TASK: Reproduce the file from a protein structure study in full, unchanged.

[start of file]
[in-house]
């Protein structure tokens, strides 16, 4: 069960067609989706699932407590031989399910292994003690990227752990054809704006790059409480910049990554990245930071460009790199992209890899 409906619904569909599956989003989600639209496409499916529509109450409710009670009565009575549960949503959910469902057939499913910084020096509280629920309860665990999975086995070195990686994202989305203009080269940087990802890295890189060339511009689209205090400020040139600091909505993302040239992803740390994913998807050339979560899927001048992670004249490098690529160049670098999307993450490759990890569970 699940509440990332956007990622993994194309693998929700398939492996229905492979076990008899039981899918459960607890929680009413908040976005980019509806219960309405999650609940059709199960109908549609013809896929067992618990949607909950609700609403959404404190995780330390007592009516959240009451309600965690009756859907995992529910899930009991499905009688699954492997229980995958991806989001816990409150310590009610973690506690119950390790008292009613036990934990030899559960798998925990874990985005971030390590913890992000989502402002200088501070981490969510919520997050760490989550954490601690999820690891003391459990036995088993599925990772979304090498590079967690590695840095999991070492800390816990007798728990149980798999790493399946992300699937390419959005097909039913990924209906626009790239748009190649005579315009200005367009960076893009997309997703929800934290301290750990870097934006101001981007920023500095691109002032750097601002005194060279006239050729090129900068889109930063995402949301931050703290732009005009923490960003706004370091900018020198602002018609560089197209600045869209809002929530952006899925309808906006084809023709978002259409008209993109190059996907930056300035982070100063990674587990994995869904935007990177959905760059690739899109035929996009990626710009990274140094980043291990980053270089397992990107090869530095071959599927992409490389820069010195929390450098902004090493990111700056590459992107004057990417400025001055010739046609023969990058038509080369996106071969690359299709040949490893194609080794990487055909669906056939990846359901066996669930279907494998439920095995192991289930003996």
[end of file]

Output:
[in-house]
């Protein structure tokens, strides 16, 4: 069960067609989706699932407590031989399910292994003690990227752990054809704006790059409480910049990554990245930071460009790199992209890899 409906619904569909599956989003989600639209496409499916529509109450409710009670009565009575549960949503959910469902057939499913910084020096509280629920309860665990999975086995070195990686994202989305203009080269940087990802890295890189060339511009689209205090400020040139600091909505993302040239992803740390994913998807050339979560899927001048992670004249490098690529160049670098999307993450490759990890569970 699940509440990332956007990622993994194309693998929700398939492996229905492979076990008899039981899918459960607890929680009413908040976005980019509806219960309405999650609940059709199960109908549609013809896929067992618990949607909950609700609403959404404190995780330390007592009516959240009451309600965690009756859907995992529910899930009991499905009688699954492997229980995958991806989001816990409150310590009610973690506690119950390790008292009613036990934990030899559960798998925990874990985005971030390590913890992000989502402002200088501070981490969510919520997050760490989550954490601690999820690891003391459990036995088993599925990772979304090498590079967690590695840095999991070492800390816990007798728990149980798999790493399946992300699937390419959005097909039913990924209906626009790239748009190649005579315009200005367009960076893009997309997703929800934290301290750990870097934006101001981007920023500095691109002032750097601002005194060279006239050729090129900068889109930063995402949301931050703290732009005009923490960003706004370091900018020198602002018609560089197209600045869209809002929530952006899925309808906006084809023709978002259409008209993109190059996907930056300035982070100063990674587990994995869904935007990177959905760059690739899109035929996009990626710009990274140094980043291990980053270089397992990107090869530095071959599927992409490389820069010195929390450098902004090493990111700056590459992107004057990417400025001055010739046609023969990058038509080369996106071969690359299709040949490893194609080794990487055909669906056939990846359901066996669930279907494998439920095995192991289930003996």